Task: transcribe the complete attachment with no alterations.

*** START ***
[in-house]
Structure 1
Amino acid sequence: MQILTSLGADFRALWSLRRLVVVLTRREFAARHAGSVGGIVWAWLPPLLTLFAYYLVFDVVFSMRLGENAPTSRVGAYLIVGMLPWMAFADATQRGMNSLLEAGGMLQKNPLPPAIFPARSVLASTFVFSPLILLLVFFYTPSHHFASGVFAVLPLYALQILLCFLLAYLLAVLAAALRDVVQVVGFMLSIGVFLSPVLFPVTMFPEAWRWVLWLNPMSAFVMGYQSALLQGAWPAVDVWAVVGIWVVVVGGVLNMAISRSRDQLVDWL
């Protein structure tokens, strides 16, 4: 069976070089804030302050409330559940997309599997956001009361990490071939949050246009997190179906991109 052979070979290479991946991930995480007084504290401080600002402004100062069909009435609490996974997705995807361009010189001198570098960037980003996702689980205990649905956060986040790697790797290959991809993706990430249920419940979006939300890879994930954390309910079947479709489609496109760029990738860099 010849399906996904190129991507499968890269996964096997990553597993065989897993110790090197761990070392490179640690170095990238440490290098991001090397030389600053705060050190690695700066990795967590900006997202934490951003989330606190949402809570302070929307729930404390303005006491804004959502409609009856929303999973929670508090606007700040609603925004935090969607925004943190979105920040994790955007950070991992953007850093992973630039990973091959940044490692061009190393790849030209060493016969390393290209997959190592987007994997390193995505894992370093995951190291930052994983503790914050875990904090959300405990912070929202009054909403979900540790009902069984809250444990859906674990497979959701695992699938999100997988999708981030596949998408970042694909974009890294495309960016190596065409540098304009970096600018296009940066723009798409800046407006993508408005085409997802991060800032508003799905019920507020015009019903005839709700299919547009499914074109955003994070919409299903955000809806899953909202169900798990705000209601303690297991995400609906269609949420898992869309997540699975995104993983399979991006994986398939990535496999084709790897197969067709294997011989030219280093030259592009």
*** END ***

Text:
[in-house]
Structure 1
Amino acid sequence: MQILTSLGADFRALWSLRRLVVVLTRREFAARHAGSVGGIVWAWLPPLLTLFAYYLVFDVVFSMRLGENAPTSRVGAYLIVGMLPWMAFADATQRGMNSLLEAGGMLQKNPLPPAIFPARSVLASTFVFSPLILLLVFFYTPSHHFASGVFAVLPLYALQILLCFLLAYLLAVLAAALRDVVQVVGFMLSIGVFLSPVLFPVTMFPEAWRWVLWLNPMSAFVMGYQSALLQGAWPAVDVWAVVGIWVVVVGGVLNMAISRSRDQLVDWL
């Protein structure tokens, strides 16, 4: 069976070089804030302050409330559940997309599997956001009361990490071939949050246009997190179906991109 052979070979290479991946991930995480007084504290401080600002402004100062069909009435609490996974997705995807361009010189001198570098960037980003996702689980205990649905956060986040790697790797290959991809993706990430249920419940979006939300890879994930954390309910079947479709489609496109760029990738860099 010849399906996904190129991507499968890269996964096997990553597993065989897993110790090197761990070392490179640690170095990238440490290098991001090397030389600053705060050190690695700066990795967590900006997202934490951003989330606190949402809570302070929307729930404390303005006491804004959502409609009856929303999973929670508090606007700040609603925004935090969607925004943190979105920040994790955007950070991992953007850093992973630039990973091959940044490692061009190393790849030209060493016969390393290209997959190592987007994997390193995505894992370093995951190291930052994983503790914050875990904090959300405990912070929202009054909403979900540790009902069984809250444990859906674990497979959701695992699938999100997988999708981030596949998408970042694909974009890294495309960016190596065409540098304009970096600018296009940066723009798409800046407006993508408005085409997802991060800032508003799905019920507020015009019903005839709700299919547009499914074109955003994070919409299903955000809806899953909202169900798990705000209601303690297991995400609906269609949420898992869309997540699975995104993983399979991006994986398939990535496999084709790897197969067709294997011989030219280093030259592009």